I will now use one anecdote as a ‘vignette’ to attempt to do so.

I was once a member of a therapy group with one Brown woman. The tension between us was palpable. I think it’s fair to say we did not particularly like one another. Although perhaps she seemed to have much stronger feelings toward me than I did toward her. She recurrently interrupted me when I attempted to speak of my experience of anti-blackness. In fact, she appeared much less able to contain my experiences than our fellow White group members. Indeed, she on more than one occasion said she had a hard time just tolerating me calling White people White. She repeatedly called that rude and, she called that racist.

She called me a bully on more than one occasion with the kind of intensity that betrays transferential processes. My response was usually to ignore her or, invite her to reflect on her relationship with whiteness and her internalised racism. To which she responded once or twice, are you saying I am a bounty? I had never uttered these words. Out of sheer exasperation I eventually responded, ‘I have not, but you may want to think about it’.

As human beings a part of us is always going to seek safety and security. Safety and security when racialised as Black or Brown and located within white supremacy often requires a particular posturing toward whiteness. Specifically assimilation. Assimilation we could say, is pleasing the Master and, attempting to be in the Master’s good books. This usually means idealising the White Object or as I have previously referred to it, the Internalised Master; in order to sustain this self-negation. Even if this posturing towards the White Object is borne out of survival necessity, as human beings again, we will forever yearn for self-determination, dignity and freedom. And so, another part of us will invariably want to be free and thus if only in fantasy, rebel and kill the Master, the White Object. That is what I refer to, as the slave part of us, the part of us longing for freedom. The Black Object, you could say. I have previously referred to them as the Internal Slave.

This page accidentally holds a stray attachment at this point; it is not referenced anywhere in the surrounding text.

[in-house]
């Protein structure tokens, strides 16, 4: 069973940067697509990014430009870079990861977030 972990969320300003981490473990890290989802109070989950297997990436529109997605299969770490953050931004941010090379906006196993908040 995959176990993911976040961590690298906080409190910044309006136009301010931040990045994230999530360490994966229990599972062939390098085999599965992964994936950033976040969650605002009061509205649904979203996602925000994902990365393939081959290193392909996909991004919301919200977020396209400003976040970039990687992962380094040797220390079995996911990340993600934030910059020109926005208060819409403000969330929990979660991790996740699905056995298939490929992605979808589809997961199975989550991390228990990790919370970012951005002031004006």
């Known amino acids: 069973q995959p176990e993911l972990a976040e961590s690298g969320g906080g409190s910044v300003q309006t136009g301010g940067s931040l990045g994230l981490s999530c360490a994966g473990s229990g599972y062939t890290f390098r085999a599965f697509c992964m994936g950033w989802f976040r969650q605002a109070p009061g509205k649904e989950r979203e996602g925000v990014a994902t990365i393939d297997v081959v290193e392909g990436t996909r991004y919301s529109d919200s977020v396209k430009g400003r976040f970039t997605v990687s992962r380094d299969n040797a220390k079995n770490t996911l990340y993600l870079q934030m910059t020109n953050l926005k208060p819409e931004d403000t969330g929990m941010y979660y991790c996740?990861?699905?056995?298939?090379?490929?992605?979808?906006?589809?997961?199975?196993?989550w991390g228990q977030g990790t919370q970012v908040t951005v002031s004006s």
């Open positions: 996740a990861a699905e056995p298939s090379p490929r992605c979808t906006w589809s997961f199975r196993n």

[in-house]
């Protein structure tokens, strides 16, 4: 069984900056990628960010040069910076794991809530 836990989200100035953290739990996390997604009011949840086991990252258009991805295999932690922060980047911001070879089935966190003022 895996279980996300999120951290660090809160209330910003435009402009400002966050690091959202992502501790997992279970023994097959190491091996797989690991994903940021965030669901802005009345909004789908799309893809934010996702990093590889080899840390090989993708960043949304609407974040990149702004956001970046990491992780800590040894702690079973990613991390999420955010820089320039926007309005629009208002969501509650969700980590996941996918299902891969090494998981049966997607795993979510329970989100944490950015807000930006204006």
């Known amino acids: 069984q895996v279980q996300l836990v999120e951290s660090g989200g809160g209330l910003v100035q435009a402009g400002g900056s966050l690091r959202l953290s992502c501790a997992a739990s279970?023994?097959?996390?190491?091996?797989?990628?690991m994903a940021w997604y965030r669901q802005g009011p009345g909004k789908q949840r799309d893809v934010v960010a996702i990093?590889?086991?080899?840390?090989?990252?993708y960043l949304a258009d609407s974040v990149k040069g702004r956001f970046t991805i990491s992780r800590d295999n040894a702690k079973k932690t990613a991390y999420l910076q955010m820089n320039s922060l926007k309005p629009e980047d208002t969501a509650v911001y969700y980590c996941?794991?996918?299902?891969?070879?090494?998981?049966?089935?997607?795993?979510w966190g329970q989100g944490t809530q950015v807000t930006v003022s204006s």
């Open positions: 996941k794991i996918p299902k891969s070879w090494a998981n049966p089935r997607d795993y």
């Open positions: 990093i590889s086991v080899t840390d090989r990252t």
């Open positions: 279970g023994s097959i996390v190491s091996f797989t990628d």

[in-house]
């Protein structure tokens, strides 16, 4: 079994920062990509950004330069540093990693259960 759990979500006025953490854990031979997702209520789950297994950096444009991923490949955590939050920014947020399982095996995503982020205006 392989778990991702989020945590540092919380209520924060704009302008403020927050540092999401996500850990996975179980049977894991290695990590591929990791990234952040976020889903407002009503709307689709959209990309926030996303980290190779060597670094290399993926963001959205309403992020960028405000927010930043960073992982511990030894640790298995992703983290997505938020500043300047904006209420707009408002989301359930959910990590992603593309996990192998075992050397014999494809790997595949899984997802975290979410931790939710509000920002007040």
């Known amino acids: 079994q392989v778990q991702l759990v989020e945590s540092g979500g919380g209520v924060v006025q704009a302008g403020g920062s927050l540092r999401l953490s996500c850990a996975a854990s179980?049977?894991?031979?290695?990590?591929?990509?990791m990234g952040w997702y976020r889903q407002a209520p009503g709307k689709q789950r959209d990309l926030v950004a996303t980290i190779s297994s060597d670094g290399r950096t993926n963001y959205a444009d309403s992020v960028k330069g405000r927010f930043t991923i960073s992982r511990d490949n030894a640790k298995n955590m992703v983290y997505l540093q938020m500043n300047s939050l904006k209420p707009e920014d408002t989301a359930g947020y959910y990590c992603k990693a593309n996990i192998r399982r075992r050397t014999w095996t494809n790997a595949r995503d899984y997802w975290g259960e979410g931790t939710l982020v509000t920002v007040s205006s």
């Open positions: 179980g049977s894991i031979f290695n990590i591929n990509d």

Mirror reactions

‘A person sees himself, or part of himself – often a repressed part of himself – reflected in the interactions of other group members. He sees them reacting in the way he does himself, or in contrast to his own behaviour…. He also gets to know himself- and this is a fundamental process in ego development- by the effect he has upon others and the picture they form of him.’ (Foukes, 1964).

Mirror reactions are important processes in analytic thinking and practice, particularly within group analysis. Foulkes described them as one of the most important group specific factor in group analytic therapy. Mirror reactions are a set of reactions triggered within us as a direct response to the behaviours of others. These reactions include identification, projection and contrasting. We could therefore say, mirror reactions force us to encounter and/or confront those parts of ourselves through their recognition in the behaviours of others, we have repressed or split off. Here we may say, our disowned (racial) Objects.